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Python Pandas For Your Grandpa - 2.7 Series apply()

In this section, we’ll see how you can use the apply() method of a Series to apply a function to each element in the Series, and then we’ll see why apply() is usually inferior to a vectorized solution.

Suppose you have a Series called foo with 6 elements like this

import numpy as np
import pandas as pd

foo = pd.Series([3, 9, 2, 2, 8, 7])
print(foo)
## 0    3
## 1    9
## 2    2
## 3    2
## 4    8
## 5    7
## dtype: int64

And you want to apply some complicated function like this one to each element in the Series.

def my_func(x):
    return x - 1 if x % 2 == 0 else x + 3

Here, my_func() takes in a scalar, x, and returns x-1 if x is even, otherwise it returns x + 3. Okay.. maybe this one-liner isn’t that complicated, but for the sake of argument, pretend this function has hundreds of lines of cryptic code. In cases like this, you can use the apply() method of the Series object to apply my_func() to each element of foo.

In this case, you’d say foo.apply(), passing in the function callabale, my_func to get back a new Series of values.

foo.apply(my_func)
## 0     6
## 1    12
## 2     1
## 3     1
## 4     7
## 5    10
## dtype: int64

We could even generalized my_func, giving it some parameters, a and b like this

def my_func(x, a=1, b=3):
    return x - a if x % 2 == 0 else x + b

And this time, we can call foo.apply(my_func) and pass in trailing parameters for a and b.

foo.apply(my_func, a=2, b=4)
## 0     7
## 1    13
## 2     0
## 3     0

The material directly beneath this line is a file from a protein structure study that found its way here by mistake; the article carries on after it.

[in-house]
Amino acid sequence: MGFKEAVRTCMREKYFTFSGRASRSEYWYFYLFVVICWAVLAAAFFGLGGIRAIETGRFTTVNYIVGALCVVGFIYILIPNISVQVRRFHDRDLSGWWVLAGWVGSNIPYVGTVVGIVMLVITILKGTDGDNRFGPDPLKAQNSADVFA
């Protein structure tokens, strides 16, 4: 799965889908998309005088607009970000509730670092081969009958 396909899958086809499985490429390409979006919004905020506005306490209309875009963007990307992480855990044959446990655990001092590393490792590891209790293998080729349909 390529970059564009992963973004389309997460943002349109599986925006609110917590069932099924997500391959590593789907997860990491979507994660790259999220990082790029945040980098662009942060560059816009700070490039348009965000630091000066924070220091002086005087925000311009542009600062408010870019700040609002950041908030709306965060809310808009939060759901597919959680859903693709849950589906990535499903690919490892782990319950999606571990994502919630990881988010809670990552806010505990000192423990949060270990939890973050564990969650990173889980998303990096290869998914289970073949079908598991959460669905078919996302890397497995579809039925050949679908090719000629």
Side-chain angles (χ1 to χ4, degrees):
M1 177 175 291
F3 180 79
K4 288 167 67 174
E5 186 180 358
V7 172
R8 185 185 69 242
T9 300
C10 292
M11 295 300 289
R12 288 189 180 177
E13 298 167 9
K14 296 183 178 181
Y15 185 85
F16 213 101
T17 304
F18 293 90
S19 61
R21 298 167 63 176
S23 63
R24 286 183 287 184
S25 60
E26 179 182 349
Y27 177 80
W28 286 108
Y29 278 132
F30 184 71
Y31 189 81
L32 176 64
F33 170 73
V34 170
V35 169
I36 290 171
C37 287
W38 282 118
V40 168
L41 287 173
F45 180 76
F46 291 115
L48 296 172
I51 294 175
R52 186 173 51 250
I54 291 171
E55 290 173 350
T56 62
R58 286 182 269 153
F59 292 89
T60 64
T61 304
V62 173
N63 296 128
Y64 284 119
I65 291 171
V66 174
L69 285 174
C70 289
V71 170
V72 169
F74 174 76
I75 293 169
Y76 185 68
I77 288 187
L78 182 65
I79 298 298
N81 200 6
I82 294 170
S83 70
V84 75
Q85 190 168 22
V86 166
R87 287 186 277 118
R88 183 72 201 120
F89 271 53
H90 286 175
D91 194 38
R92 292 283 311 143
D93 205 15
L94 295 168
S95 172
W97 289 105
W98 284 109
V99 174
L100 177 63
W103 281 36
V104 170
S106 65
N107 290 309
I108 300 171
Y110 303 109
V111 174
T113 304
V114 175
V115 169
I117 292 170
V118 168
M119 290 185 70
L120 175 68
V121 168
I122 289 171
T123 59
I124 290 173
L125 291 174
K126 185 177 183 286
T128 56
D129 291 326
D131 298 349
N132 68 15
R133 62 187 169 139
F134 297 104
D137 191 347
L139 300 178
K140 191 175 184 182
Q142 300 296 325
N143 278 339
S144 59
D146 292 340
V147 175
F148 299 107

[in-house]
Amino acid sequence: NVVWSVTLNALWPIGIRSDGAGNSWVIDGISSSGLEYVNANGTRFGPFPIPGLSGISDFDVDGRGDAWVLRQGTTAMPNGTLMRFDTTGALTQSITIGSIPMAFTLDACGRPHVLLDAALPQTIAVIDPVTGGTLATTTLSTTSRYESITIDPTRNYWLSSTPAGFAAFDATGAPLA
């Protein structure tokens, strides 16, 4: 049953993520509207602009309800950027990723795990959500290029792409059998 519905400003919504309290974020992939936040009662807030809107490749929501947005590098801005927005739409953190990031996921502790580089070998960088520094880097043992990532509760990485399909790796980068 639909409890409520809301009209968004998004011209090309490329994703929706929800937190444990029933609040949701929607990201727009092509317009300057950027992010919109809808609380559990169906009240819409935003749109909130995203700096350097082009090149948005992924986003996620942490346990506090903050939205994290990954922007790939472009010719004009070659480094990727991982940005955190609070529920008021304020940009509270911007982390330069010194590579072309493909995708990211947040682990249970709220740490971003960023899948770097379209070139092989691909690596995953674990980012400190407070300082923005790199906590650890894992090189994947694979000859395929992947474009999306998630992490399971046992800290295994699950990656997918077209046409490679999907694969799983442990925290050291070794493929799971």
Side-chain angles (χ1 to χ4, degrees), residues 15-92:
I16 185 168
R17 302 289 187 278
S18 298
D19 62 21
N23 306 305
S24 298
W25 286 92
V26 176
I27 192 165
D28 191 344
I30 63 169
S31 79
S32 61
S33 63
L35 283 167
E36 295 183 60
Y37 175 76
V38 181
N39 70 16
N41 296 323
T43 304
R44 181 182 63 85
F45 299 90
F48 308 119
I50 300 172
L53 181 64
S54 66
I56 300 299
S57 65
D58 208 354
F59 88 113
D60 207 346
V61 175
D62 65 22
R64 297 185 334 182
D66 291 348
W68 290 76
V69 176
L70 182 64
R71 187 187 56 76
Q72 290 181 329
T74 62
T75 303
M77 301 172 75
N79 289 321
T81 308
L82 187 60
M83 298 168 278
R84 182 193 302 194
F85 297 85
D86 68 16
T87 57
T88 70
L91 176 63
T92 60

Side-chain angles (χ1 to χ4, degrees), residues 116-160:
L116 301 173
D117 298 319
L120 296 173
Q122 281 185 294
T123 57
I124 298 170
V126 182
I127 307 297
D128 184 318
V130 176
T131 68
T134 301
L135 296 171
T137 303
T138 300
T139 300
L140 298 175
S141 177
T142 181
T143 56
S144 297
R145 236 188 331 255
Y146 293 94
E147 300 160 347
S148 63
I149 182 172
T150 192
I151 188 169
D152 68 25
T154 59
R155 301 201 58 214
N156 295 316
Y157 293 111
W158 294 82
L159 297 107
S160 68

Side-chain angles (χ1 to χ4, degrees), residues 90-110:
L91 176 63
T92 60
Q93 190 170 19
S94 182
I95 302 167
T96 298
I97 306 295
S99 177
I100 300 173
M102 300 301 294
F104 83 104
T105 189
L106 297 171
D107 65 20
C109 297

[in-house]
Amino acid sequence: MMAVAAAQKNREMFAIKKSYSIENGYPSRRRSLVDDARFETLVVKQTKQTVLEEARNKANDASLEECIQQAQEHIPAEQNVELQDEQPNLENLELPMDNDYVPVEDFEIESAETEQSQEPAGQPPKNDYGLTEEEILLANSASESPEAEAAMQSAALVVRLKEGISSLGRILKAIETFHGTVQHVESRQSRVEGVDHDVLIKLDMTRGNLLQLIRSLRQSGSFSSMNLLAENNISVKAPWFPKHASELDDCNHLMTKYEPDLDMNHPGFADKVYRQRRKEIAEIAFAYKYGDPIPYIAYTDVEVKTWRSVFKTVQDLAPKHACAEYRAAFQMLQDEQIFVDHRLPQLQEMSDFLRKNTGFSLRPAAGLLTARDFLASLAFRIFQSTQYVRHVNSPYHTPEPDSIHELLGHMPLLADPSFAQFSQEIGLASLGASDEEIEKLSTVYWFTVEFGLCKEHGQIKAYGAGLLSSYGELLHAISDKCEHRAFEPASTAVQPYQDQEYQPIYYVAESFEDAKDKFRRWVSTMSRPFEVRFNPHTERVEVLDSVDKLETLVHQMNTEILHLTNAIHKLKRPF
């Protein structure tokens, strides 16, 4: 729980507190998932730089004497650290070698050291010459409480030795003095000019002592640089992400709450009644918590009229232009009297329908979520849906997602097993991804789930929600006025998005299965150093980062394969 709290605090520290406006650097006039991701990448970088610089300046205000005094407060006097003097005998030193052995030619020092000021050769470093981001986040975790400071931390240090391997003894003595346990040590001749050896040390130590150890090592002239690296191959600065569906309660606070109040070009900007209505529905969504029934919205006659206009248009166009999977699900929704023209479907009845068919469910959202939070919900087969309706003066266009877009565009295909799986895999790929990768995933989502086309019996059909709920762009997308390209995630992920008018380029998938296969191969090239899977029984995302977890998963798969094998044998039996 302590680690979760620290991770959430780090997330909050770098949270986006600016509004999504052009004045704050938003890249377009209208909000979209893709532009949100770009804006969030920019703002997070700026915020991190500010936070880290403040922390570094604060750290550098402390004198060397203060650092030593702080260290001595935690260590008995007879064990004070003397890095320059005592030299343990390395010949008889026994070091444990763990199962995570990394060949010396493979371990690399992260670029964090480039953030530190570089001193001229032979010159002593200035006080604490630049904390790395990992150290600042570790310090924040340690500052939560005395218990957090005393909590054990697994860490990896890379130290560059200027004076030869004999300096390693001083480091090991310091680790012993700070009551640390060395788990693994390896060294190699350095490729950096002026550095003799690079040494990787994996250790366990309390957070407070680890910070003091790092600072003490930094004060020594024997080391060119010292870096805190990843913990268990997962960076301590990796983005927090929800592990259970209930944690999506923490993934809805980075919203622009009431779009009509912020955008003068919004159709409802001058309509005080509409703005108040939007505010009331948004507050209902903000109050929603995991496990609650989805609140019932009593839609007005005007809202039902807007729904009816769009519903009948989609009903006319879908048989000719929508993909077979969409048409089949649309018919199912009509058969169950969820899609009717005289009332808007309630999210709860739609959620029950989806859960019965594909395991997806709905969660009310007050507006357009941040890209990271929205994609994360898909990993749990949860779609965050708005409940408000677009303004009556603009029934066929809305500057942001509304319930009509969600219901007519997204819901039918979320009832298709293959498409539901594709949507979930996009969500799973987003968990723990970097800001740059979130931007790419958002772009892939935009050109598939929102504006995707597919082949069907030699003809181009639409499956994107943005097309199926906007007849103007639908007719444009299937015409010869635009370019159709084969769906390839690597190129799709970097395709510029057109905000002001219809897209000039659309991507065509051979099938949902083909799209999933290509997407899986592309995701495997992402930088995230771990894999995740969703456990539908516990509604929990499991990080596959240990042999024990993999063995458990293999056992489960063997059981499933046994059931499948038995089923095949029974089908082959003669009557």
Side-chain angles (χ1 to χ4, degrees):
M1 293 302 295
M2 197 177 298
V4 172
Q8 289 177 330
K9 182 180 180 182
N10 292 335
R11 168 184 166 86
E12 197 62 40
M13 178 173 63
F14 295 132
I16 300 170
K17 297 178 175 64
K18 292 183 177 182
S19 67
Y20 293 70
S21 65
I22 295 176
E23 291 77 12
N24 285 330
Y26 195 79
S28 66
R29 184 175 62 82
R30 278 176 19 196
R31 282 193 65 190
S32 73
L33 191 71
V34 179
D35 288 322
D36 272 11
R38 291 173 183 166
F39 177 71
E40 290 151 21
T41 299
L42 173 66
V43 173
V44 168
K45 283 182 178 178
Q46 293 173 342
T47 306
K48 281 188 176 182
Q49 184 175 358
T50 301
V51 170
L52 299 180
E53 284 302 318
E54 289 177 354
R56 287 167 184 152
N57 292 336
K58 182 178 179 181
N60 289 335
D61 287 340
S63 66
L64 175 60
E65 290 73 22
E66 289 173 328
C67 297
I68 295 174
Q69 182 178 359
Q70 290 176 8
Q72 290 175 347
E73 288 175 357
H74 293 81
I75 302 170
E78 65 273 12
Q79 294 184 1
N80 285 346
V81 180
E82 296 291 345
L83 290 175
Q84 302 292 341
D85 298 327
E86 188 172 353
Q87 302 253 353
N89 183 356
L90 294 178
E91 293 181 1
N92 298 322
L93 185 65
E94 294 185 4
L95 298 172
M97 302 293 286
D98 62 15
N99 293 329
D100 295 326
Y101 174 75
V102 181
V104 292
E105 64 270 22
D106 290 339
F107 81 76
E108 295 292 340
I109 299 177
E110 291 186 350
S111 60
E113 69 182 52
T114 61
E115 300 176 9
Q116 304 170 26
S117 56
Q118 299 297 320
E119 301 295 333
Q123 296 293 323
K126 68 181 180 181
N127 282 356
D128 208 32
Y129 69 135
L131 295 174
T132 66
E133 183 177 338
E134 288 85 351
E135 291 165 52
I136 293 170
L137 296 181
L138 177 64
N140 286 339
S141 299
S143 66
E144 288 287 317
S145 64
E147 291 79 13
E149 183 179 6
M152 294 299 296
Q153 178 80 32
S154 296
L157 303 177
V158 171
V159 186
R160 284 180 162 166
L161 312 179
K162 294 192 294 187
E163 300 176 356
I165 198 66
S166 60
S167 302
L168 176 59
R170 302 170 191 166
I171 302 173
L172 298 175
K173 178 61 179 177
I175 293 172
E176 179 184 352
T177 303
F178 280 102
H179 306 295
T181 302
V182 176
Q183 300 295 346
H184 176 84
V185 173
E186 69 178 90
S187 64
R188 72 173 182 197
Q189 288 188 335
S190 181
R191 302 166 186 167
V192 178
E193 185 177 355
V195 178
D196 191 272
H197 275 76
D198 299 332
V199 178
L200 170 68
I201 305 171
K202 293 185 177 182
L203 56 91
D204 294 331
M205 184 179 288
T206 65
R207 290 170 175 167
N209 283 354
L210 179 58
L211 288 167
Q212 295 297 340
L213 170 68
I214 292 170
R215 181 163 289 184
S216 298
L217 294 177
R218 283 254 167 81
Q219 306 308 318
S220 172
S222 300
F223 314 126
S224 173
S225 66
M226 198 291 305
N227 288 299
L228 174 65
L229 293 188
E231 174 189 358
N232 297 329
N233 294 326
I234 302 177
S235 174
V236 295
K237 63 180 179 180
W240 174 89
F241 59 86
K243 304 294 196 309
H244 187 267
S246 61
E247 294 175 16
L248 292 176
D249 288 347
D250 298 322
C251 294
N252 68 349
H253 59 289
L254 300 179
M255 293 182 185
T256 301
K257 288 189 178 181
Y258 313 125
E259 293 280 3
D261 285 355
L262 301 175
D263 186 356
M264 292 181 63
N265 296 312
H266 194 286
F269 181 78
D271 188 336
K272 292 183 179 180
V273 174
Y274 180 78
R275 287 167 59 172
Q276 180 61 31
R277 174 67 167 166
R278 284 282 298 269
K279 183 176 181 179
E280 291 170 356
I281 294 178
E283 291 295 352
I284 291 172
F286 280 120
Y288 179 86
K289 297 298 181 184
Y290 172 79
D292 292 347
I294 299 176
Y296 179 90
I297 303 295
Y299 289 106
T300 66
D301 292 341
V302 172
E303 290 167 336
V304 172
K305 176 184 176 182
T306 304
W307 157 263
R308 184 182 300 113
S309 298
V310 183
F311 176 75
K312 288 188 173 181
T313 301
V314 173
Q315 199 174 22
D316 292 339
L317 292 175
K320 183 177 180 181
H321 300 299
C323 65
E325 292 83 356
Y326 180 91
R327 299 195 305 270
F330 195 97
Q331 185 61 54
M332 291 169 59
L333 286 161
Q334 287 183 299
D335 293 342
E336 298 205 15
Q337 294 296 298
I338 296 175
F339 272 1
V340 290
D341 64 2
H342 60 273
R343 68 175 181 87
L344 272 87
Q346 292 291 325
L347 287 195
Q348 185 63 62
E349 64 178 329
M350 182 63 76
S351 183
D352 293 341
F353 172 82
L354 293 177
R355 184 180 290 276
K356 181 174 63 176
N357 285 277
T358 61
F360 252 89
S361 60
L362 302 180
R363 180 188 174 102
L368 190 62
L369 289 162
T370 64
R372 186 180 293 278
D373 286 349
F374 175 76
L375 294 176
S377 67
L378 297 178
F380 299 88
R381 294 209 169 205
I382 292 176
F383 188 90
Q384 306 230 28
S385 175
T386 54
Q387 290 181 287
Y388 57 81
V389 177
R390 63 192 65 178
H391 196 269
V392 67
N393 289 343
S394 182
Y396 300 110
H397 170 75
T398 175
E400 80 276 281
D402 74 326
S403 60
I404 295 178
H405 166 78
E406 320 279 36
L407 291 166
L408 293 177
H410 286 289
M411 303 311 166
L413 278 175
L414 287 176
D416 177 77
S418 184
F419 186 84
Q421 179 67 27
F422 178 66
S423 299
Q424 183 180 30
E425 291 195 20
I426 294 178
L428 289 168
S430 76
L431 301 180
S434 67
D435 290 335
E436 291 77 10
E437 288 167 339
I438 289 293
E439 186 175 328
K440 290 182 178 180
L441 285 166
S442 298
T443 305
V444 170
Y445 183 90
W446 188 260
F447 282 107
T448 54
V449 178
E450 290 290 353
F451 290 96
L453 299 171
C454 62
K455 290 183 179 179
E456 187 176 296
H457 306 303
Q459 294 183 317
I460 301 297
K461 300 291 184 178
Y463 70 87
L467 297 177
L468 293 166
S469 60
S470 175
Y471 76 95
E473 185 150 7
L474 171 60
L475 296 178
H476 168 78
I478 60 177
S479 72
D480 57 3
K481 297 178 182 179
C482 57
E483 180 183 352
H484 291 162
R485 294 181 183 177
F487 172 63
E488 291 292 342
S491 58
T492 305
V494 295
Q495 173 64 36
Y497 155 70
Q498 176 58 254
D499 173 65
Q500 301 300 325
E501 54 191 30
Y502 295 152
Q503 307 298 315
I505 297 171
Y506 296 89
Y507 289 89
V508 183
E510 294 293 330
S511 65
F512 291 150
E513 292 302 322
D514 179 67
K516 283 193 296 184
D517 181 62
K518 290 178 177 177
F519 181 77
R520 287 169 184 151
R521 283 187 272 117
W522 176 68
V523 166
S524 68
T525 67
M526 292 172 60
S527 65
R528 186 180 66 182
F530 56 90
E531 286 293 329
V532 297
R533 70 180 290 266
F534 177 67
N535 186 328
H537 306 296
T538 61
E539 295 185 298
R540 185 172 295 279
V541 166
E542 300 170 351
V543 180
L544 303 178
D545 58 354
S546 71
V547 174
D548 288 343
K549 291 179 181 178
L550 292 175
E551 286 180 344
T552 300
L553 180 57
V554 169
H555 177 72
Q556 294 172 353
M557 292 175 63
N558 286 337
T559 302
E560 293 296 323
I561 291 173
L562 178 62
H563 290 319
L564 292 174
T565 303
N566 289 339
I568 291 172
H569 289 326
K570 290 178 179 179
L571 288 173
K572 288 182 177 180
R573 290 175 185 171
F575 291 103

## 4     6
## 5    11
## dtype: int64

the apply() method is great, because it’s easy to use and it generalizes well, but it’s slow because it’s not vectorized. If we apply my_func to a Series with 10M values, it takes about 3 seconds to execute on Google Colab.

# Create a Series of 10M values
bigfoo = pd.Series(np.random.randint(low=0, high=9, size=10**7))
# apply() based method
%%timeit
y1 = bigfoo.apply(my_func) # 3 seconds

By contrast, here’s a NumPy based solution that achieves the same thing in about 100 milliseconds, roughly 30 times faster.

# vectorized NumPy method
%%timeit
a = bigfoo.to_numpy()
y2 = pd.Series(np.where(a % 2 == 0, a - 1, a + 3))  # 100 milliseconds

With that said, the apply() method is designed for convenience and code clarity, not speed. Keep in mind that sometimes my_func might actually be a function imported from another package, or maybe it makes http requests to some API, and so refactoring it into a vectorized solution just isn’t feasible.


Course Curriculum

  1. Introduction
    1.1 Introduction
  2. Series
    2.1 Series Creation
    2.2 Series Basic Indexing
    2.3 Series Basic Operations
    2.4 Series Boolean Indexing
    2.5 Series Missing Values
    2.6 Series Vectorization
    2.7 Series apply()
    2.8 Series View vs Copy
    2.9 Challenge: Baby Names
    2.10 Challenge: Bees Knees
    2.11 Challenge: Car Shopping
    2.12 Challenge: Price Gouging
    2.13 Challenge: Fair Teams
  3. DataFrame
    3.1 DataFrame Creation
    3.2 DataFrame To And From CSV
    3.3 DataFrame Basic Indexing
    3.4 DataFrame Basic Operations
    3.5 DataFrame apply()
    3.6 DataFrame View vs Copy
    3.7 DataFrame merge()
    3.8 DataFrame Aggregation
    3.9 DataFrame groupby()
    3.10 Challenge: Hobbies
    3.11 Challenge: Party Time
    3.12 Challenge: Vending Machines
    3.13 Challenge: Cradle Robbers
    3.14 Challenge: Pot Holes
  4. Advanced
    4.1 Strings
    4.2 Dates And Times
    4.3 Categoricals
    4.4 MultiIndex
    4.5 DataFrame Reshaping
    4.6 Challenge: Class Transitions
    4.7 Challenge: Rose Thorn
    4.8 Challenge: Product Volumes
    4.9 Challenge: Session Groups
    4.10 Challenge: OB-GYM
  5. Final Boss
    5.1 Challenge: COVID Tracing
    5.2 Challenge: Pickle
    5.3 Challenge: TV Commercials
    5.4 Challenge: Family IQ
    5.5 Challenge: Concerts

Additional Content

  1. Python NumPy For Your Grandma
  2. Neural Networks For Your Dog
  3. Introduction To Google Colab